The entry fee does seem like a lot of money, but it is worth every penny! There are endless resources to teach and direct the plays on offer. The best CPD day’s training that offers exercises and techniques you can take straight into the classroom. (In a nutshell – CPD that actually gives you tools ready to use with the students!)

    For the students, there’s the workshop with a theatre professional. The rehearsal/performance in a professional theatre. Where else can you get this much value for yourself and your students?

    Then there’s the parental involvement. Watching their children perform has a massive impact on parents.  ‘Pride’ and ‘Joy’ are words associated with parental feedback. But you know SSF are doing something special when parents write in with comments like:-

    ‘I can be a bit miserable and I cannot recall the last time I laughed out loud before your performance last night.’

    ‘My daughter started Yr7 and her anxiety became so bad we were travelling to a counsellor in Basingstoke every week. A year later we travelled the same route, but to watch her SSF performance looking happy, confident and with her sparkle back. THANKYOU!’

    ‘I have never enjoyed Shakespeare, having been force fed ‘Henry V’ at school, I think that put me off for life. The performance of your play last night changed that and I feel suitably inspired to find out more about his works.’

    SSF students regularly outperform other students in GCSE Drama and English.

    There are no boundaries so let’s get out there and give these amazing stories to a new audience!

  • Hannah Brown

    Teacher Ambassador

    Sacred Heart High School

    Background:

    I am currently the Head of Drama at Sacred Heart High School where I have taught since moving to London from Australia where I was the Education Projects Officer for the Sydney Theatre Company. 2017 was my first experience of the amazing SSF, having been involved in a similar Australian festival for many years. I’m a big believer that extra-curricular opportunities like SSF provide one of the most beneficial and memorable experiences for students in their school lives. Working hard as an ensemble to bring the often daunting concept of Shakespeare to life in a bite-sized 30 minute performance for an audience makes students see they are capable of more than they ever imagined. For many students, this type of embodied learning is how they learn best which makes the festival even more important.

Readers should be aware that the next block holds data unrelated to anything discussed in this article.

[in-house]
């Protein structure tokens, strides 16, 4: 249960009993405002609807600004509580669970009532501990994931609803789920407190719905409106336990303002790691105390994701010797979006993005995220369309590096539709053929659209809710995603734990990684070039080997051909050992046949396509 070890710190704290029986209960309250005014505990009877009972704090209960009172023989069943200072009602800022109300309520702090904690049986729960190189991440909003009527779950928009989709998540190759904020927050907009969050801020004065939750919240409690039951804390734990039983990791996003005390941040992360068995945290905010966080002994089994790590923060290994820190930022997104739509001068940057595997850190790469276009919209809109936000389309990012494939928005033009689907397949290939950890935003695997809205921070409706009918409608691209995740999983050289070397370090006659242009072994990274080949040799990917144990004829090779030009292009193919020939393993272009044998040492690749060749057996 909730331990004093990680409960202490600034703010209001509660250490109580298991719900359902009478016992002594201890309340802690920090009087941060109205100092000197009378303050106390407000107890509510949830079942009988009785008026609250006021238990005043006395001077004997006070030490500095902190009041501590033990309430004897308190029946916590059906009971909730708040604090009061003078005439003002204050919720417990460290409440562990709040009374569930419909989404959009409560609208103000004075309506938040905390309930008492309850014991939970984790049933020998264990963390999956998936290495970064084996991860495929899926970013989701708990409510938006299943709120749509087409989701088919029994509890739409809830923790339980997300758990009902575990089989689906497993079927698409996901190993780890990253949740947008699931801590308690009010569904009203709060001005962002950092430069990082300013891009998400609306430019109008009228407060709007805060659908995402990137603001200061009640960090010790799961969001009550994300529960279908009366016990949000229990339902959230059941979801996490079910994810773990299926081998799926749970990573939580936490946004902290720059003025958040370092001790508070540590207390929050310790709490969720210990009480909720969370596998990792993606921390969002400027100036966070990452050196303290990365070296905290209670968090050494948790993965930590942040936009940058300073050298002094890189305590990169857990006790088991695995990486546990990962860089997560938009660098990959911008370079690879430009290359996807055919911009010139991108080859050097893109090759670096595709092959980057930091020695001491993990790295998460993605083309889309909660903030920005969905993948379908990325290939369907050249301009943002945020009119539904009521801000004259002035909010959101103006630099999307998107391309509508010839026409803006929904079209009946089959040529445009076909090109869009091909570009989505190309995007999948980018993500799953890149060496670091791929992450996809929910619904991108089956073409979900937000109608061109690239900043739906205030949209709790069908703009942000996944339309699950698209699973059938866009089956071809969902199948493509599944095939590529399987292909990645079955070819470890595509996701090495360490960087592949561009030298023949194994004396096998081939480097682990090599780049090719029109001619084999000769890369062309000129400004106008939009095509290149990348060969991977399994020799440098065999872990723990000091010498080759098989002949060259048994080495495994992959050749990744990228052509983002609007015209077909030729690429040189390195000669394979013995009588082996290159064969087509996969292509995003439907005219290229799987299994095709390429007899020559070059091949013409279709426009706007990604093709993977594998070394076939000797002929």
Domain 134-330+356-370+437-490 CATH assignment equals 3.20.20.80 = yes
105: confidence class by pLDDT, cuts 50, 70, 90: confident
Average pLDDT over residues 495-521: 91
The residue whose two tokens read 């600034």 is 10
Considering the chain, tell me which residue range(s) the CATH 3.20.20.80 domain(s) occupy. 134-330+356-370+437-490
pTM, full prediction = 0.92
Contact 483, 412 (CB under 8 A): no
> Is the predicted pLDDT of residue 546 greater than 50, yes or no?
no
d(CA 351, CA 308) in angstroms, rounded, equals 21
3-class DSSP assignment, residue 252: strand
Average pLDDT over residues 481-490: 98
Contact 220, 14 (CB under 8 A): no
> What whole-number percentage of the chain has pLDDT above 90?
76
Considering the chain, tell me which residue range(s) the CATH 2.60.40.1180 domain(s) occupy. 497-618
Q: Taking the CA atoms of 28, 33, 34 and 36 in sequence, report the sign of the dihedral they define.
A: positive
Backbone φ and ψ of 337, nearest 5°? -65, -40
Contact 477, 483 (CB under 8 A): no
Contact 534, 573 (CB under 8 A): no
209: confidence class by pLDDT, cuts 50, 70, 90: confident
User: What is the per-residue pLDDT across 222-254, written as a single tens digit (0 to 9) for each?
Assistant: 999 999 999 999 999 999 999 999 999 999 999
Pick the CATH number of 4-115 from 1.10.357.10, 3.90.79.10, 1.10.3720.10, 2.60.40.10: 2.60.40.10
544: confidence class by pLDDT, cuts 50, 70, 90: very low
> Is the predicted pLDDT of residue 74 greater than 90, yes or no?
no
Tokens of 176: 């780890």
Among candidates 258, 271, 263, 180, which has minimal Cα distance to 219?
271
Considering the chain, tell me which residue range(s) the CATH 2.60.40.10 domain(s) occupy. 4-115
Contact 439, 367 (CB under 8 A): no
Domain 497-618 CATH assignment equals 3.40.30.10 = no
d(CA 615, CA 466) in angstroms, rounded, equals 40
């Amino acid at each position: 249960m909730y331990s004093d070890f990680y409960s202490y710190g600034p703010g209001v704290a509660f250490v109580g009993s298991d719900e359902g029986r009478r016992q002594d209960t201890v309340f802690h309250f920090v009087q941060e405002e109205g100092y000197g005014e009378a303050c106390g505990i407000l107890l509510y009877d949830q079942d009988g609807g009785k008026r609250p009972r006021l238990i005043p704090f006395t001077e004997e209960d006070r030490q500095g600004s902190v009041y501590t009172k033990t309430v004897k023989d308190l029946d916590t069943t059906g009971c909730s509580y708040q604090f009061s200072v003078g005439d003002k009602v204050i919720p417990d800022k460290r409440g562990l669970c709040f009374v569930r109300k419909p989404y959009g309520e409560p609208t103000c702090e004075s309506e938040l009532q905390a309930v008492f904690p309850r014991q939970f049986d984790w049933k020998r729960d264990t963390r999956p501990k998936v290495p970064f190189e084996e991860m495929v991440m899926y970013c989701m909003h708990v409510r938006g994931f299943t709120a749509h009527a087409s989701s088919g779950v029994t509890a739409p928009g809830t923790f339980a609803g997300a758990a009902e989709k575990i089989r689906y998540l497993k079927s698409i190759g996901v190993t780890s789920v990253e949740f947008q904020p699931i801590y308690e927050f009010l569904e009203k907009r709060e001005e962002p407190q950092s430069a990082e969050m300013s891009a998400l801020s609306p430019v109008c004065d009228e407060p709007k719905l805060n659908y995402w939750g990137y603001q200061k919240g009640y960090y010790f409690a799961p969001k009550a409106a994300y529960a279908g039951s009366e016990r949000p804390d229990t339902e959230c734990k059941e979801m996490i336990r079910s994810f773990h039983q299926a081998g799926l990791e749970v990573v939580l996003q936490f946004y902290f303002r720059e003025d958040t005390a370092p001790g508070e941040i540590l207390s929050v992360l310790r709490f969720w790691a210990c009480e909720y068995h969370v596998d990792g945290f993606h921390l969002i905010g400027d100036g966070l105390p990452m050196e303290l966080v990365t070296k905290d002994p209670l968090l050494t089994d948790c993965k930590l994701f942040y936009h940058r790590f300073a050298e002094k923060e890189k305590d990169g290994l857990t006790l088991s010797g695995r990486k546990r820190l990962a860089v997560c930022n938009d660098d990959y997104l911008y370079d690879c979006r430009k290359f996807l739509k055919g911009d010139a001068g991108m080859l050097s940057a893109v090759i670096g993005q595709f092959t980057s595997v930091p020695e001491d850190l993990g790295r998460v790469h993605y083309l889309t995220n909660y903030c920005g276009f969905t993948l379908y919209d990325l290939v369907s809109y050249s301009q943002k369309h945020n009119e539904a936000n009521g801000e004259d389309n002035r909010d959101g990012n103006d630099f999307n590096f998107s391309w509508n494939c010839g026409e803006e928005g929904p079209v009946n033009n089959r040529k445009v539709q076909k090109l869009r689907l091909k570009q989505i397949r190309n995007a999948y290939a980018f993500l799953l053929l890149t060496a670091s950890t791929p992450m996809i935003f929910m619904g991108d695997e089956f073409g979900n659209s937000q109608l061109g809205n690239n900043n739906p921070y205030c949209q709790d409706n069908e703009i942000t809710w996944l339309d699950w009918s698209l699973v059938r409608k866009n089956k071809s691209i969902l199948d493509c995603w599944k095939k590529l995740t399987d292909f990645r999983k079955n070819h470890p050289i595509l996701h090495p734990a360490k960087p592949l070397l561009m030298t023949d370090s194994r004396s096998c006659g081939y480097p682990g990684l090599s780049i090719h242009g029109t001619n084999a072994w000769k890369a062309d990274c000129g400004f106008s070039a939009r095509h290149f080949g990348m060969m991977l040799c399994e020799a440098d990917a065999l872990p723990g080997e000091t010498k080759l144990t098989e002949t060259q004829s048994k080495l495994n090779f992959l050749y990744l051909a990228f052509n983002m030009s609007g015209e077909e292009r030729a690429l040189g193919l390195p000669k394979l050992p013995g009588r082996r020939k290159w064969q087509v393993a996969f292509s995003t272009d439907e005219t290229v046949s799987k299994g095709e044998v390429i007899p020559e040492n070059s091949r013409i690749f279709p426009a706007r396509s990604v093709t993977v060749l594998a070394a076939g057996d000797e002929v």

Which character would you play in a Shakespeare production and why?

    Helena from A Midsummer Night’s Dream – her witty banter and insults towards Hermia will forever make audiences laugh. Or perhaps Cordelia from King Lear as who doesn’t admire her virtue and loyalty? But then of course there’s Lady Anne from Richard III – she married her husband’s brother (and murderer!) after he successfully wooed her at her dead husband’s graveside. Now that’s game!

    Alas, too many to choose from!

    Why would you recommend SSF to a colleague or another school?

    The most impressive element of the festival for me is SSF’s commitment to both the growth of the teacher and their students. The CPD provided is not only helpful for directing the show, but links to the curriculum and broader teaching pedagogy.

     

  • Richard Burbage

    Teacher Ambassador

    Paddock School

    Background:

    I’ve been teaching pupils with severe learning difficulties and autism for 25 years and have taught all age ranges and abilities in this time. For my entire teaching career I have worked in special schools in London.

    At the moment I teach a class of secondary age pupils with more complex and more challenging needs. However before this I was, for nearly 10 years, drama and ICT coordinator at my current school. It was in this role that I first came into contact with the Shakespeare Schools Festival. This will be my 10th year involved with the Festival and in this time I’ve written and directed a wide variety of simplified versions of Shakespeare’s famous plays. Free copies of these versions as well as other guidance to help teachers can be found at my shop on the TES resources website! https://www.tes.com/teaching-resources/shop/Ricardo65  

    Favourite Shakespearean character:

    In my past I did do some amateur dramatics and I played the part of Andrew Aguecheek in Twelfth Night. Since the character needed to be tall and rather gangly, it appeared to suit me perfectly! Although it was a small role I took part in a lot of comic moments which were great fun to do.

    Why should schools take part in SSF?